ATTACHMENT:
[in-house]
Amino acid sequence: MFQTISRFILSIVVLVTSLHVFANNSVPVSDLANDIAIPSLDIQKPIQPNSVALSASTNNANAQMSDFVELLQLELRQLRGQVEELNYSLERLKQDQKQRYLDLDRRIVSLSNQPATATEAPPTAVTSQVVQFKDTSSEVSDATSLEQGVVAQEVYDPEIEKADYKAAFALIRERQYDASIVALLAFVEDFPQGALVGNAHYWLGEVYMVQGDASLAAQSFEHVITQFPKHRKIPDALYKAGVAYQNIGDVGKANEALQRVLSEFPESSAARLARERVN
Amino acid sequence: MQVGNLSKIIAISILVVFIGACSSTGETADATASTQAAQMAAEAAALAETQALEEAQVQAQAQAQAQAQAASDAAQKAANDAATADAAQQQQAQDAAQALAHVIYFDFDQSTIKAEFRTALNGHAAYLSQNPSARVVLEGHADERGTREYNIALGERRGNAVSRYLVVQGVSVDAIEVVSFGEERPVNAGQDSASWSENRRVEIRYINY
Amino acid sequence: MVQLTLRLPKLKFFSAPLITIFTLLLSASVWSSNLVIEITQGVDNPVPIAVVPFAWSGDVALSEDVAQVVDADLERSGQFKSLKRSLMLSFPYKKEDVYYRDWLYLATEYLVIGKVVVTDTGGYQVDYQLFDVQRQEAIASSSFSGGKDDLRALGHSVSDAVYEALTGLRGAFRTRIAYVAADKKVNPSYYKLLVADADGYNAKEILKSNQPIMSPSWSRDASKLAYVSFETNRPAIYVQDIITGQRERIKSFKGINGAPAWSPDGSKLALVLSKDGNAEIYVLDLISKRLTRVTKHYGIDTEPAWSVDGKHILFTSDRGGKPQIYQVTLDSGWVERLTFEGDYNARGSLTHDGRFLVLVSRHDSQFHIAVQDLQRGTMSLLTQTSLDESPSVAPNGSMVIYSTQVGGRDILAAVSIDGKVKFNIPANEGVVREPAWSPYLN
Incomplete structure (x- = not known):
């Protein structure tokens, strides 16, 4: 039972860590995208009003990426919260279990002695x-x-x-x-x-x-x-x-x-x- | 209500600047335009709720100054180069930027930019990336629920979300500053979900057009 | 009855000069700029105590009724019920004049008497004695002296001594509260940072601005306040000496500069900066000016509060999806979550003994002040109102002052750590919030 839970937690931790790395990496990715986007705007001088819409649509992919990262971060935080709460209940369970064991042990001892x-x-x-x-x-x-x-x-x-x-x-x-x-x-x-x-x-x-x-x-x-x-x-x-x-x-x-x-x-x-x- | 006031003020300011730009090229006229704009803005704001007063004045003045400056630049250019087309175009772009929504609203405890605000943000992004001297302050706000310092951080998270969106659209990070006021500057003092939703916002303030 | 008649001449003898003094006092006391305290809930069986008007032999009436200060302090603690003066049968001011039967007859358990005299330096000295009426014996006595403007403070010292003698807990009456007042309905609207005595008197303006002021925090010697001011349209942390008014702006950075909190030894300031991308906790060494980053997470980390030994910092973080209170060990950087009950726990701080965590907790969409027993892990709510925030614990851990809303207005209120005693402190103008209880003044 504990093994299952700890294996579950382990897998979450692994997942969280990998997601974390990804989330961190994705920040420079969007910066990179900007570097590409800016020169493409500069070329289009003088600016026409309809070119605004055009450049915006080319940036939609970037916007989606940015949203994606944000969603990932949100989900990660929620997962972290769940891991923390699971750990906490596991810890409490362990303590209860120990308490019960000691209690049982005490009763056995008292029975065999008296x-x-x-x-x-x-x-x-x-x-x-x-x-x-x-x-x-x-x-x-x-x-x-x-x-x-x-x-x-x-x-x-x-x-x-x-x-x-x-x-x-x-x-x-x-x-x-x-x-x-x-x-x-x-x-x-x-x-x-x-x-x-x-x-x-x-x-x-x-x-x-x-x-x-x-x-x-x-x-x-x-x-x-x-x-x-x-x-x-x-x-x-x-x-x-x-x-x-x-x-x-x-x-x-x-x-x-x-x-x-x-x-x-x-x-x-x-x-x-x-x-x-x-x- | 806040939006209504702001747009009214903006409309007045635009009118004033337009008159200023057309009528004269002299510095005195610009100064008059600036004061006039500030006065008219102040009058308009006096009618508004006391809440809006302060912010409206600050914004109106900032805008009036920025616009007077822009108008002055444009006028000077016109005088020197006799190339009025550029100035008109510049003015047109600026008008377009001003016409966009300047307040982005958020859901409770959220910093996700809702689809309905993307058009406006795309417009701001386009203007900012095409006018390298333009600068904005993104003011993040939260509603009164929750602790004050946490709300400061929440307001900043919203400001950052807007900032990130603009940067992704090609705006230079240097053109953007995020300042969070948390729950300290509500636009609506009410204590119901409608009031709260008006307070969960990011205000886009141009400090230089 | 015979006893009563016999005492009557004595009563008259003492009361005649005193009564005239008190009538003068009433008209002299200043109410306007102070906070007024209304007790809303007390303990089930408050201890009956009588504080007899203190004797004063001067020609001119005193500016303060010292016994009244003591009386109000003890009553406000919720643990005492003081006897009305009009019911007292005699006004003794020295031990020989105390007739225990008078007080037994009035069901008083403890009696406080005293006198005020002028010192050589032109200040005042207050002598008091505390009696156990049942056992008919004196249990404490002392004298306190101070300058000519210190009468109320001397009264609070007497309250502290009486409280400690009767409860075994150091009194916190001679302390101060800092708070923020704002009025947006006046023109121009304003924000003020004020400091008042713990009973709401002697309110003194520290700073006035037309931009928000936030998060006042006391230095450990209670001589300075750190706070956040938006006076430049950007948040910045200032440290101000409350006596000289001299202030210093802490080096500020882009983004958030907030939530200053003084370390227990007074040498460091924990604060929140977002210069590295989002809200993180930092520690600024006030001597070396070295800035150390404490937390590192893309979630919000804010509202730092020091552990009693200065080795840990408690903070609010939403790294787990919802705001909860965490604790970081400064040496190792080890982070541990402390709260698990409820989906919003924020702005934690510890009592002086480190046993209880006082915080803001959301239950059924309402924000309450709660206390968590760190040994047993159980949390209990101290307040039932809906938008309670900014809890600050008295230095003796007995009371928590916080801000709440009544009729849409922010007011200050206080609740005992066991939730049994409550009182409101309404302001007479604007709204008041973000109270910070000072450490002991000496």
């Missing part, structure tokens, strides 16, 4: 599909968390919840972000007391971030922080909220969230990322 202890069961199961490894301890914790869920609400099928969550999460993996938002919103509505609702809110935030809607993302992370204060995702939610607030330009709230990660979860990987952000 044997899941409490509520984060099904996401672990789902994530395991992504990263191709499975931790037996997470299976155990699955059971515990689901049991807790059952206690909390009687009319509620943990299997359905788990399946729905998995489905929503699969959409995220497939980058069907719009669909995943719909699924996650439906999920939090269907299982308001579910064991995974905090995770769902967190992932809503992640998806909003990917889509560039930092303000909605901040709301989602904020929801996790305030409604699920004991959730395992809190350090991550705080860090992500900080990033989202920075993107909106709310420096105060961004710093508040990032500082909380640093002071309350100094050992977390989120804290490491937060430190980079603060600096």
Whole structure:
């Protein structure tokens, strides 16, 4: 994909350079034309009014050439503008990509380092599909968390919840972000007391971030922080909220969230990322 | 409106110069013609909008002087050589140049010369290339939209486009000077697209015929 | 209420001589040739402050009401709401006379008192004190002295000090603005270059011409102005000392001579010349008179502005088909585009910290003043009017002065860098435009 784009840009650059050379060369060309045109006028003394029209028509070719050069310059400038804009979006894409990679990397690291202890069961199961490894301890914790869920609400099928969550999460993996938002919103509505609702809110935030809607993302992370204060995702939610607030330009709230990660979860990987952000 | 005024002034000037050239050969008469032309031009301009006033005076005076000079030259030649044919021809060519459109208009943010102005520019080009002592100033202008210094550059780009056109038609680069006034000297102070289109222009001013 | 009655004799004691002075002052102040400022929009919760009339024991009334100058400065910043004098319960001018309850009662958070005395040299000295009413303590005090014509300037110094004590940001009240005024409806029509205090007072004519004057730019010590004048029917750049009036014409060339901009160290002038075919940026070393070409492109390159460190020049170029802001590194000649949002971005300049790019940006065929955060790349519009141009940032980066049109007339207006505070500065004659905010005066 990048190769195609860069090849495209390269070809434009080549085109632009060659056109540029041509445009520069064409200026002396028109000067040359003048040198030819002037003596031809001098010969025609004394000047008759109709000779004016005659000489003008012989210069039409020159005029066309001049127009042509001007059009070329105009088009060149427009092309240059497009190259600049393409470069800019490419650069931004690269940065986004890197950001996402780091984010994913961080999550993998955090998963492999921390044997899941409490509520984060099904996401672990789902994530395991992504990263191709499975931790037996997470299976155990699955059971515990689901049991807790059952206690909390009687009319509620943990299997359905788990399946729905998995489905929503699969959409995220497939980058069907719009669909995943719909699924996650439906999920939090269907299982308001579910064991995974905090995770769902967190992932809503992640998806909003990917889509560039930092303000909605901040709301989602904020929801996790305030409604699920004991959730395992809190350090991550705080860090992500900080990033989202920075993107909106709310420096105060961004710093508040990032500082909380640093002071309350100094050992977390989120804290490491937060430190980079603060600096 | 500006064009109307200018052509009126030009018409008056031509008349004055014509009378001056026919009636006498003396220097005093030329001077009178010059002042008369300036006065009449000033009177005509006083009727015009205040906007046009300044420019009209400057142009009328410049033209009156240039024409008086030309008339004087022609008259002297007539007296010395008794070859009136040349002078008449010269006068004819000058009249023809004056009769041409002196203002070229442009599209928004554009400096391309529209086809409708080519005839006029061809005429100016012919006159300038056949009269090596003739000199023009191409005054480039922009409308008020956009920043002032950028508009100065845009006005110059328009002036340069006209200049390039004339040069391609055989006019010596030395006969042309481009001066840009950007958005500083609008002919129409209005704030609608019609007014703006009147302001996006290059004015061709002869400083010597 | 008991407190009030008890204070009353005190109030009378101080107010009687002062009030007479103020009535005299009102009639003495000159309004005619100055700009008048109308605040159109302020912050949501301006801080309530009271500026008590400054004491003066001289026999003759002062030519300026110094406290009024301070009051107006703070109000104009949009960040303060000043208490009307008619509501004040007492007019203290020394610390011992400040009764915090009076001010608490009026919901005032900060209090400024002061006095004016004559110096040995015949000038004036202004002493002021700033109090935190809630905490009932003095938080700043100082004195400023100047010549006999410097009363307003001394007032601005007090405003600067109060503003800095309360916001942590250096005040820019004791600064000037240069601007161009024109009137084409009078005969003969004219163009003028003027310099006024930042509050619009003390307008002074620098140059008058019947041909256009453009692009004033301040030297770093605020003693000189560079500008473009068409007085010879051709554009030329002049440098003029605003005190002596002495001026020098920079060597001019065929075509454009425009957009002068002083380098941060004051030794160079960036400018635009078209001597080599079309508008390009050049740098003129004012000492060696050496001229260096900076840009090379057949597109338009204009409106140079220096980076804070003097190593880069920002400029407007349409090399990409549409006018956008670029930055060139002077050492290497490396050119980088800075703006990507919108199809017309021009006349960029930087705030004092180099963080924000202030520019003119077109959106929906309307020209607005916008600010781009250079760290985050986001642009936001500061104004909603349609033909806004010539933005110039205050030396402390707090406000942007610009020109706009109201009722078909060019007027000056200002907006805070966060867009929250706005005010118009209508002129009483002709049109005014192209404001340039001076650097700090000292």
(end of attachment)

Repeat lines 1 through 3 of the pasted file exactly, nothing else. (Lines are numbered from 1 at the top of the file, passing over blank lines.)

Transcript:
[in-house]
Amino acid sequence: MFQTISRFILSIVVLVTSLHVFANNSVPVSDLANDIAIPSLDIQKPIQPNSVALSASTNNANAQMSDFVELLQLELRQLRGQVEELNYSLERLKQDQKQRYLDLDRRIVSLSNQPATATEAPPTAVTSQVVQFKDTSSEVSDATSLEQGVVAQEVYDPEIEKADYKAAFALIRERQYDASIVALLAFVEDFPQGALVGNAHYWLGEVYMVQGDASLAAQSFEHVITQFPKHRKIPDALYKAGVAYQNIGDVGKANEALQRVLSEFPESSAARLARERVN
Amino acid sequence: MQVGNLSKIIAISILVVFIGACSSTGETADATASTQAAQMAAEAAALAETQALEEAQVQAQAQAQAQAQAASDAAQKAANDAATADAAQQQQAQDAAQALAHVIYFDFDQSTIKAEFRTALNGHAAYLSQNPSARVVLEGHADERGTREYNIALGERRGNAVSRYLVVQGVSVDAIEVVSFGEERPVNAGQDSASWSENRRVEIRYINY